The flappers, consider them well, for they differ in caliber.
First of all there is the flippant creature with the bobbed hair, short skirts, and nothing else, unless a passion for attention is considered. F. Scott Fitzgerald has nothing to do with this species.
Then there is the superior flapper, the super-type, with spiritual courage and intellectual intrepidity. She is the genuine and not the “ultra” modern woman.
So said Mr Fitzgerald in drawing the subtle distinction between flappers in his address at the open table luncheon of the Women's City club at noon Thursday.
Popular young authors have another mission in life, it seems, beside fashioning fiction. The speaker read an amusing letter over a feminine signature, asking him for a “recipe” on “how to be popular like the heroines in present day novels.”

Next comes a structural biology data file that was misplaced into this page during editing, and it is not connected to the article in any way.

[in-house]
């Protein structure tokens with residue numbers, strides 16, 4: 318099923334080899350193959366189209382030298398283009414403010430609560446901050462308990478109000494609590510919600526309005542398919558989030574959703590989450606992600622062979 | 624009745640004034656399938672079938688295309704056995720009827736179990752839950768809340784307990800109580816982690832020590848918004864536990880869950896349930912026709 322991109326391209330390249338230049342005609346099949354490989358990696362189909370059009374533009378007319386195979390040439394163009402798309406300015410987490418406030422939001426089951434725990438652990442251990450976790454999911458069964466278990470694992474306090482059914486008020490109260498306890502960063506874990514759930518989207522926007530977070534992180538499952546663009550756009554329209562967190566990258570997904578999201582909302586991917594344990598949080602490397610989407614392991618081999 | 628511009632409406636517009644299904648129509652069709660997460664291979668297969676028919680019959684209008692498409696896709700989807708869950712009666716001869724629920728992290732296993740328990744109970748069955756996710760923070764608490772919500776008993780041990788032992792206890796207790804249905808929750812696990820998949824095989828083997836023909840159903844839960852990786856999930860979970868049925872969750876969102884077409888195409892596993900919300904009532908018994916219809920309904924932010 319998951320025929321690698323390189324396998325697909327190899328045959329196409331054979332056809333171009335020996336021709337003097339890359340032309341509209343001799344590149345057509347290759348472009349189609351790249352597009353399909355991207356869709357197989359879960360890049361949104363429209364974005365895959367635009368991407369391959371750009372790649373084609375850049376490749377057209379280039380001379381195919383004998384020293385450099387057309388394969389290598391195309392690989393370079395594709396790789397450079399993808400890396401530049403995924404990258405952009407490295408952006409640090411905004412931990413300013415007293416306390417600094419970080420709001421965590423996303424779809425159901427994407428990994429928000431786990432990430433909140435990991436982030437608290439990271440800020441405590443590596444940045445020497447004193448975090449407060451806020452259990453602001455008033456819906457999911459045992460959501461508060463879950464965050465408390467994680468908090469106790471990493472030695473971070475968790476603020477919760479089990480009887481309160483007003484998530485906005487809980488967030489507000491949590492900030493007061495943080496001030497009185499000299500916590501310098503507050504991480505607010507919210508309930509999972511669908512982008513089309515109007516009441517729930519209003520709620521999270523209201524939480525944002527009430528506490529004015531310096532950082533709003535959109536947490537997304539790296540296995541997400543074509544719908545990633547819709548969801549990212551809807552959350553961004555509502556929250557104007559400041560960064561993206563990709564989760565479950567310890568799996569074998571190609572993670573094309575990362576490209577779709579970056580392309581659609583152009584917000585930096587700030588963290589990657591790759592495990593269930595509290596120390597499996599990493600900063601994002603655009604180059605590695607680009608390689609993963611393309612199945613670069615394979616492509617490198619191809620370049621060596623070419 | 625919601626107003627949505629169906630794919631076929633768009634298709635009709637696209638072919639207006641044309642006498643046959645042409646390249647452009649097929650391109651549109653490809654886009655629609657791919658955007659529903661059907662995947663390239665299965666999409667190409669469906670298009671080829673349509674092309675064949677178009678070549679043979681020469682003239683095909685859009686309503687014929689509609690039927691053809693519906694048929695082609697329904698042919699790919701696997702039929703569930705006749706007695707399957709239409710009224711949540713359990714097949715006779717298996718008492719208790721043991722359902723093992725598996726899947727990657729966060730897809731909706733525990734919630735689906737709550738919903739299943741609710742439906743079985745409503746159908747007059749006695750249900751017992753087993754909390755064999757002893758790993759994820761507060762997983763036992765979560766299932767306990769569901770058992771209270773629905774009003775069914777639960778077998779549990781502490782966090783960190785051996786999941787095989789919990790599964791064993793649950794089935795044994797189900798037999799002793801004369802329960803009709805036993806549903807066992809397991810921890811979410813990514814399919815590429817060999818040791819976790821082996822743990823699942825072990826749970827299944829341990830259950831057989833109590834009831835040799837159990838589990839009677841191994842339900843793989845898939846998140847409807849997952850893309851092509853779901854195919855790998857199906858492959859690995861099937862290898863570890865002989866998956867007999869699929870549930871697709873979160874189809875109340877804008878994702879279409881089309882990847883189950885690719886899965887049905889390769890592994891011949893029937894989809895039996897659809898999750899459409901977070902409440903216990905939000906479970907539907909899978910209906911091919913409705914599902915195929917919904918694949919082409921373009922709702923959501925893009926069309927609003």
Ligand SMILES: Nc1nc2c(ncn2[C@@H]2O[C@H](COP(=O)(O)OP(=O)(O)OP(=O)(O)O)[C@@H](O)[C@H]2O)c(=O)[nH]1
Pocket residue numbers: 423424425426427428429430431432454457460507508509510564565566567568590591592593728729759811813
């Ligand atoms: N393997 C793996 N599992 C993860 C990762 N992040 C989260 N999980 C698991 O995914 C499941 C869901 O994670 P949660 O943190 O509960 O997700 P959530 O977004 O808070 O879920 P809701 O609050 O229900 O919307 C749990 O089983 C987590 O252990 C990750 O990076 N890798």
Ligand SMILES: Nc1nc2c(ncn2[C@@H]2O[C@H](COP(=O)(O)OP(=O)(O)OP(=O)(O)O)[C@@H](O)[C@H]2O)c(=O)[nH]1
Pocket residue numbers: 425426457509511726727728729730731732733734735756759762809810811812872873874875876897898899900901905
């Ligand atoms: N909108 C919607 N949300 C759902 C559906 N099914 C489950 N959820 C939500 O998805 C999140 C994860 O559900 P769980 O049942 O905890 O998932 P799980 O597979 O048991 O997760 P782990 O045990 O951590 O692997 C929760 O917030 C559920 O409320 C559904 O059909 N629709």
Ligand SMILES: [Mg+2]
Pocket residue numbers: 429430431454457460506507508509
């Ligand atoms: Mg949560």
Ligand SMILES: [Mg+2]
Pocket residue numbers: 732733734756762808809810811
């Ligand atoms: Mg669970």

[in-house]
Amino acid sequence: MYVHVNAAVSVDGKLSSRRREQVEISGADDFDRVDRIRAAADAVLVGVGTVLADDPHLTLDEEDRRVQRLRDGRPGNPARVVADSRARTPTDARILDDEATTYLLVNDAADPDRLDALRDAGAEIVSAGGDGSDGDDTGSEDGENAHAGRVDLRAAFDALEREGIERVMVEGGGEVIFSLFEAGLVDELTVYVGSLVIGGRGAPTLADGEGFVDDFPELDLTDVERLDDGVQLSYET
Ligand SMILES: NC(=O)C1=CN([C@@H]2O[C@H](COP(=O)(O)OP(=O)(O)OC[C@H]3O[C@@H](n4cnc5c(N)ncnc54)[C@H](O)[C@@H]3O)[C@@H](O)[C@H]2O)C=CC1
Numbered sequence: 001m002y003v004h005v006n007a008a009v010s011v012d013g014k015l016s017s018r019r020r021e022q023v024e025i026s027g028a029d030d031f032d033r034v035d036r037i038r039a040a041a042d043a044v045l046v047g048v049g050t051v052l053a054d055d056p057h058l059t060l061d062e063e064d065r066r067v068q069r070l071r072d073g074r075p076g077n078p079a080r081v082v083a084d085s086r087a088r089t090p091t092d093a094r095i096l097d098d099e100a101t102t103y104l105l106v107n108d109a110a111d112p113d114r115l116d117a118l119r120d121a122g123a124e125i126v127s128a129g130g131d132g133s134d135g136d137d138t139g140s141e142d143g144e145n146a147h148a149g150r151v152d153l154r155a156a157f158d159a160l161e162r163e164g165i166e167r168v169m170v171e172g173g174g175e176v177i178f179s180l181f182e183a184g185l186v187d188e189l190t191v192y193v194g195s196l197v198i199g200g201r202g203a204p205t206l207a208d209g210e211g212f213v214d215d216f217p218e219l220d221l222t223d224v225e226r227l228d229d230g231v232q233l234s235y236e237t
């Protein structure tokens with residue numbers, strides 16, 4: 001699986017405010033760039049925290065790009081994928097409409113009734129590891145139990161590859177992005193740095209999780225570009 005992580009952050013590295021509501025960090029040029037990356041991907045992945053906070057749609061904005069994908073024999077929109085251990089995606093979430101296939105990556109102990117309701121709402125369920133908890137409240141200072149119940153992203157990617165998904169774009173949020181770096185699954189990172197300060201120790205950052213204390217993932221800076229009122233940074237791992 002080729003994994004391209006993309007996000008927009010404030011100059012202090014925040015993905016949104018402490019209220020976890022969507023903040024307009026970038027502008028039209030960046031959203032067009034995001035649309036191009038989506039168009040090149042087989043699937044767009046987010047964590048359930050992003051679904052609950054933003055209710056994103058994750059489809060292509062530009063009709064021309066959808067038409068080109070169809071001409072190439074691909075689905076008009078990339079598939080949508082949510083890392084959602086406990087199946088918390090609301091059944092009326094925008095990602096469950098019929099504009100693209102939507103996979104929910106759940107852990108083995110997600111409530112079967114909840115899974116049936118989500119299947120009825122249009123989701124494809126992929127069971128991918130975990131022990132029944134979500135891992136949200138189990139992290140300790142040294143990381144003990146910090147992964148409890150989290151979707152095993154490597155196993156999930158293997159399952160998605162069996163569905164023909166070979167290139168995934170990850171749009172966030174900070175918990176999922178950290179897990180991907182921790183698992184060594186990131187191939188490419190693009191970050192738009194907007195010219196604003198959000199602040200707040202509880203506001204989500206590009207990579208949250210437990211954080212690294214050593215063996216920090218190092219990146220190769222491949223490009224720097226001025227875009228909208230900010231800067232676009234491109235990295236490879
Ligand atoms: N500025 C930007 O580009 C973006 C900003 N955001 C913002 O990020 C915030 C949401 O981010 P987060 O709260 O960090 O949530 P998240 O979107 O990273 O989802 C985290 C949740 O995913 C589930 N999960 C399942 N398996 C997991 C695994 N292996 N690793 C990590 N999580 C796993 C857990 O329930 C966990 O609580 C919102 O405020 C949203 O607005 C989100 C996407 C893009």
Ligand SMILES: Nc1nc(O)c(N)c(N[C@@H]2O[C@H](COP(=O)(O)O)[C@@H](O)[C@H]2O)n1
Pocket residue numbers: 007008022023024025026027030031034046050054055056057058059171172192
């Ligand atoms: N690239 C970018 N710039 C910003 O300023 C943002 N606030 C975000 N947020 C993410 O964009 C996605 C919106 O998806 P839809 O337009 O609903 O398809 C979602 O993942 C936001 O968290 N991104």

Mr. Fitzgerald discussed some popular fiction and writers, among them H. L. Mencken, whom he regards as one of the greatest of American critics. He said he believed that Mencken had done much in the past few years for the American novel.
English writers have told him. Mr. Fitzgerald said, that they believed a tremendous renaissance has taken place in the past few years in the American novel.
The luncheon was attended by more than 100 men and women, the capacity of the dining room being overtaxed. Miss Alice O'Brien presided. Others at the speakers' table were Mrs. Fitzgerald, wife of the writer: Mrs. C. O. Kalman, Mrs. L. P. Ordway, Jr., and Miss Katherine Ordway.
Published in unlocated newspaper (1921).